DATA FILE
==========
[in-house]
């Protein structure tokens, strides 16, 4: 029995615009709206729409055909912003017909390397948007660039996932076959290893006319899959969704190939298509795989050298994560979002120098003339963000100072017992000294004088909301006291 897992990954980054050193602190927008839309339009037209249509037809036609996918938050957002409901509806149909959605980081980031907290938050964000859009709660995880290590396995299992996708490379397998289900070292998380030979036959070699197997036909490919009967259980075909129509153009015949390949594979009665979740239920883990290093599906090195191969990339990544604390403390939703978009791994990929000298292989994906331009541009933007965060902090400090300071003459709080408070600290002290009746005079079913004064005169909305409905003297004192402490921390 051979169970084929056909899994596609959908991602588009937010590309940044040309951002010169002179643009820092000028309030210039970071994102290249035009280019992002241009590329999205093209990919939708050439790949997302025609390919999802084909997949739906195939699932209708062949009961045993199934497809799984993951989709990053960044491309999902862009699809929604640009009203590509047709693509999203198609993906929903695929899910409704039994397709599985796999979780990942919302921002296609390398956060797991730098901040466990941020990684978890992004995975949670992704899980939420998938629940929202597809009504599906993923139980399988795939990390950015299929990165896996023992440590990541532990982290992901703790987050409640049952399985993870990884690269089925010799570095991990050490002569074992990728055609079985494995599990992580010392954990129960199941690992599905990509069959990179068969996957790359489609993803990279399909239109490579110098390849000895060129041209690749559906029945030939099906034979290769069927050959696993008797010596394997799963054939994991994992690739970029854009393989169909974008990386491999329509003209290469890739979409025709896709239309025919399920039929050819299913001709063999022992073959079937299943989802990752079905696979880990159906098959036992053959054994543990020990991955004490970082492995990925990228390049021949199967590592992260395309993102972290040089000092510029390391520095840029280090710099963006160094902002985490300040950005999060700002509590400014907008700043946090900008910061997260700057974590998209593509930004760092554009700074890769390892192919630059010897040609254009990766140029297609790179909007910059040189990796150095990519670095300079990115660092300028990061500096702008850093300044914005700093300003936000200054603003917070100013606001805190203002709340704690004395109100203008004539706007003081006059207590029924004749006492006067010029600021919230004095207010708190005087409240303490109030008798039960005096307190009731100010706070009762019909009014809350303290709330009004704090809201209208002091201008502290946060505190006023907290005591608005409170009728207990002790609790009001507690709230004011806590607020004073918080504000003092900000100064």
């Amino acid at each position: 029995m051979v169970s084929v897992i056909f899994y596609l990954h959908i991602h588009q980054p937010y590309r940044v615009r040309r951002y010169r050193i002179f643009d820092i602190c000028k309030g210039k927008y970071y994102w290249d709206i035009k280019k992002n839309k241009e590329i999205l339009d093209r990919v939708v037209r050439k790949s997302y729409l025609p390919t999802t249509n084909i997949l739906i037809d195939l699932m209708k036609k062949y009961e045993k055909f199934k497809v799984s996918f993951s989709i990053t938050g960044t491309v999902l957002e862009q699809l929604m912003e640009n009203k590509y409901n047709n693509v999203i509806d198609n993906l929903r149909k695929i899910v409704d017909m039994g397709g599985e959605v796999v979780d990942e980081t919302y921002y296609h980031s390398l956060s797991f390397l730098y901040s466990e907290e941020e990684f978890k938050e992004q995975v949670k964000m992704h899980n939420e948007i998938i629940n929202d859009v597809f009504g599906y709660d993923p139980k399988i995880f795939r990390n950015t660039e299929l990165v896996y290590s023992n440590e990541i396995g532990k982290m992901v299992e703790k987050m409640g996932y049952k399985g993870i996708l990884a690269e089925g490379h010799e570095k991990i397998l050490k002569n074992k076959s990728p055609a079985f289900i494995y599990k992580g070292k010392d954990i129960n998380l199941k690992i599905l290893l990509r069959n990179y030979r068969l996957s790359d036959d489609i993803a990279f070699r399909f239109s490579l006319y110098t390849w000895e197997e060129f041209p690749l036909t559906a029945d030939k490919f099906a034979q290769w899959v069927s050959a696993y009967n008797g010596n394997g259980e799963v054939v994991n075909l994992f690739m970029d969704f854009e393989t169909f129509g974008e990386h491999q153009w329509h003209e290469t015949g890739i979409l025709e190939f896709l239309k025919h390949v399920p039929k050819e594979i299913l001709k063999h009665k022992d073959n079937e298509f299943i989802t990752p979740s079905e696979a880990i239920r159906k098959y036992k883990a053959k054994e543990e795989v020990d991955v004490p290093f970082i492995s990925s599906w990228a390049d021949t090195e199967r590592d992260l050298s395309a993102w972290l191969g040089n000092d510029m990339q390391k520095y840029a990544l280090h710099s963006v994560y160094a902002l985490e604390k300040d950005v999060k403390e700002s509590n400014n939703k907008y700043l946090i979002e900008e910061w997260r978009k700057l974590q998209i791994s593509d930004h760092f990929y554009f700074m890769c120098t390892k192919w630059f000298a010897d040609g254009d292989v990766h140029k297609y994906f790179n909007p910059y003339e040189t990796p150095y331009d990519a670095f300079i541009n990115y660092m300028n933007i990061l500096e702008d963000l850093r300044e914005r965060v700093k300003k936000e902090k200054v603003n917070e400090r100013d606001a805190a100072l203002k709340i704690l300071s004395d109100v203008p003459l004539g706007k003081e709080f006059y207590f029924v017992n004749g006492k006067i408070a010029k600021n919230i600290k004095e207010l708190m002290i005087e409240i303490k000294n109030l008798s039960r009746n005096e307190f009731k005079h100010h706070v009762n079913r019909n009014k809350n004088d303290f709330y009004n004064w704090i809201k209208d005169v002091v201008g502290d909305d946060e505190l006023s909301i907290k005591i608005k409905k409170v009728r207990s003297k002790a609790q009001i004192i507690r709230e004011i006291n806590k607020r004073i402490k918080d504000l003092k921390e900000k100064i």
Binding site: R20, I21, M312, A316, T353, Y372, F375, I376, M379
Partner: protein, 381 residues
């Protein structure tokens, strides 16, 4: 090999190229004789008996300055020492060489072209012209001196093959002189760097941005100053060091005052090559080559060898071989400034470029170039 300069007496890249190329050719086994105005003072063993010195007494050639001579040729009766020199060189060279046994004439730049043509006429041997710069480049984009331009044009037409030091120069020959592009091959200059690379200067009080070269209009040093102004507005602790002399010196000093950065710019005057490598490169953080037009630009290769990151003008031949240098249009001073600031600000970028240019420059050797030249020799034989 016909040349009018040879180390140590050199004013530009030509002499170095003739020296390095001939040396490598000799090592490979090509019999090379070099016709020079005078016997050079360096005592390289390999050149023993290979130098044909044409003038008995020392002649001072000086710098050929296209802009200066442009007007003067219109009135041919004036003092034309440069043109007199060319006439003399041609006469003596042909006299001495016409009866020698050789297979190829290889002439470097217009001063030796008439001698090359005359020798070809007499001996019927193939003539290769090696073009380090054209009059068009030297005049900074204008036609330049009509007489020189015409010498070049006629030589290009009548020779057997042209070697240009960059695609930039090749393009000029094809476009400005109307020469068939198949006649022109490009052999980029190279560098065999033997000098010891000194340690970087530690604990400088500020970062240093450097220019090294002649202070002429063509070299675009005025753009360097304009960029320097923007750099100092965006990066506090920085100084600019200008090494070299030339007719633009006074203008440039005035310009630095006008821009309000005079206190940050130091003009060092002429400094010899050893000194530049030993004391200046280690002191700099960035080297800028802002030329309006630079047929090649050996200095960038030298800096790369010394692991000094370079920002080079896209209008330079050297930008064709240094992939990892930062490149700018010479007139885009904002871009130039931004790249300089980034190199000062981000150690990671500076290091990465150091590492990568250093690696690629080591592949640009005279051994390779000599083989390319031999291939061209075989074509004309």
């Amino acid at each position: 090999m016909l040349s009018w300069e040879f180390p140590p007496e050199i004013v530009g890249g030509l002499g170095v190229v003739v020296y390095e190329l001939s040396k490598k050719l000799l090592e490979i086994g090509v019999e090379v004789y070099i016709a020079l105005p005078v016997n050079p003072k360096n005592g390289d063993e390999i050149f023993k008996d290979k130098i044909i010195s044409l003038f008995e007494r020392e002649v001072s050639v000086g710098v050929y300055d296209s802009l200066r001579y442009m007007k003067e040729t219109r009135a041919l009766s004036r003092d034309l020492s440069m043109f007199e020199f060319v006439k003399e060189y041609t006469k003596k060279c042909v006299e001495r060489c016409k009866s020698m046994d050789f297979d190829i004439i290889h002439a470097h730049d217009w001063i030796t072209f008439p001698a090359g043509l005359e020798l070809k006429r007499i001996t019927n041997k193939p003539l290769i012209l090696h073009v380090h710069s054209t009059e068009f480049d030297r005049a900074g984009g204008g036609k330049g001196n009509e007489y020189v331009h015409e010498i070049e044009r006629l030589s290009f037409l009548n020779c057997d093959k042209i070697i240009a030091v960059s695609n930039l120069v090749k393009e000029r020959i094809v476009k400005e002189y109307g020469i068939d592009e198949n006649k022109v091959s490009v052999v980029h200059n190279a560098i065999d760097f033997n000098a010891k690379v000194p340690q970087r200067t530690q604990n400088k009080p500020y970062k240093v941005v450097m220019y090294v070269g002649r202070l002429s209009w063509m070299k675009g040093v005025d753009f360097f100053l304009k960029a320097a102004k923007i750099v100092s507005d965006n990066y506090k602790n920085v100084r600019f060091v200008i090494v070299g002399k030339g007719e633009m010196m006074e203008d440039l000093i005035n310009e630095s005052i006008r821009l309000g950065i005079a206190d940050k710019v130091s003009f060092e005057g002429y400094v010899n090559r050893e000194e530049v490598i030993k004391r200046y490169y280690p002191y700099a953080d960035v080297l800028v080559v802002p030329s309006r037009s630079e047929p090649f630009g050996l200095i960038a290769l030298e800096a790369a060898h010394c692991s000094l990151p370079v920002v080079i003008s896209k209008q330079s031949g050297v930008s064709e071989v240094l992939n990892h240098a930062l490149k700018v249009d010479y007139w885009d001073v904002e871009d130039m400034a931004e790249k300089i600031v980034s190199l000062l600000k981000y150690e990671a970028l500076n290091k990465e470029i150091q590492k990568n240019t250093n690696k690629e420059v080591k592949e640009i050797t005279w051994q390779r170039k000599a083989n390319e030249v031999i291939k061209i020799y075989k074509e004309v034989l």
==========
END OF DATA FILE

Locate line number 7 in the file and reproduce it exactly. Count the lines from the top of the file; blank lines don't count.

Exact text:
């Amino acid at each position: 090999m016909l040349s009018w300069e040879f180390p140590p007496e050199i004013v530009g890249g030509l002499g170095v190229v003739v020296y390095e190329l001939s040396k490598k050719l000799l090592e490979i086994g090509v019999e090379v004789y070099i016709a020079l105005p005078v016997n050079p003072k360096n005592g390289d063993e390999i050149f023993k008996d290979k130098i044909i010195s044409l003038f008995e007494r020392e002649v001072s050639v000086g710098v050929y300055d296209s802009l200066r001579y442009m007007k003067e040729t219109r009135a041919l009766s004036r003092d034309l020492s440069m043109f007199e020199f060319v006439k003399e060189y041609t006469k003596k060279c042909v006299e001495r060489c016409k009866s020698m046994d050789f297979d190829i004439i290889h002439a470097h730049d217009w001063i030796t072209f008439p001698a090359g043509l005359e020798l070809k006429r007499i001996t019927n041997k193939p003539l290769i012209l090696h073009v380090h710069s054209t009059e068009f480049d030297r005049a900074g984009g204008g036609k330049g001196n009509e007489y020189v331009h015409e010498i070049e044009r006629l030589s290009f037409l009548n020779c057997d093959k042209i070697i240009a030091v960059s695609n930039l120069v090749k393009e000029r020959i094809v476009k400005e002189y109307g020469i068939d592009e198949n006649k022109v091959s490009v052999v980029h200059n190279a560098i065999d760097f033997n000098a010891k690379v000194p340690q970087r200067t530690q604990n400088k009080p500020y970062k240093v941005v450097m220019y090294v070269g002649r202070l002429s209009w063509m070299k675009g040093v005025d753009f360097f100053l304009k960029a320097a102004k923007i750099v100092s507005d965006n990066y506090k602790n920085v100084r600019f060091v200008i090494v070299g002399k030339g007719e633009m010196m006074e203008d440039l000093i005035n310009e630095s005052i006008r821009l309000g950065i005079a206190d940050k710019v130091s003009f060092e005057g002429y400094v010899n090559r050893e000194e530049v490598i030993k004391r200046y490169y280690p002191y700099a953080d960035v080297l800028v080559v802002p030329s309006r037009s630079e047929p090649f630009g050996l200095i960038a290769l030298e800096a790369a060898h010394c692991s000094l990151p370079v920002v080079i003008s896209k209008q330079s031949g050297v930008s064709e071989v240094l992939n990892h240098a930062l490149k700018v249009d010479y007139w885009d001073v904002e871009d130039m400034a931004e790249k300089i600031v980034s190199l000062l600000k981000y150690e990671a970028l500076n290091k990465e470029i150091q590492k990568n240019t250093n690696k690629e420059v080591k592949e640009i050797t005279w051994q390779r170039k000599a083989n390319e030249v031999i291939k061209i020799y075989k074509e004309v034989l």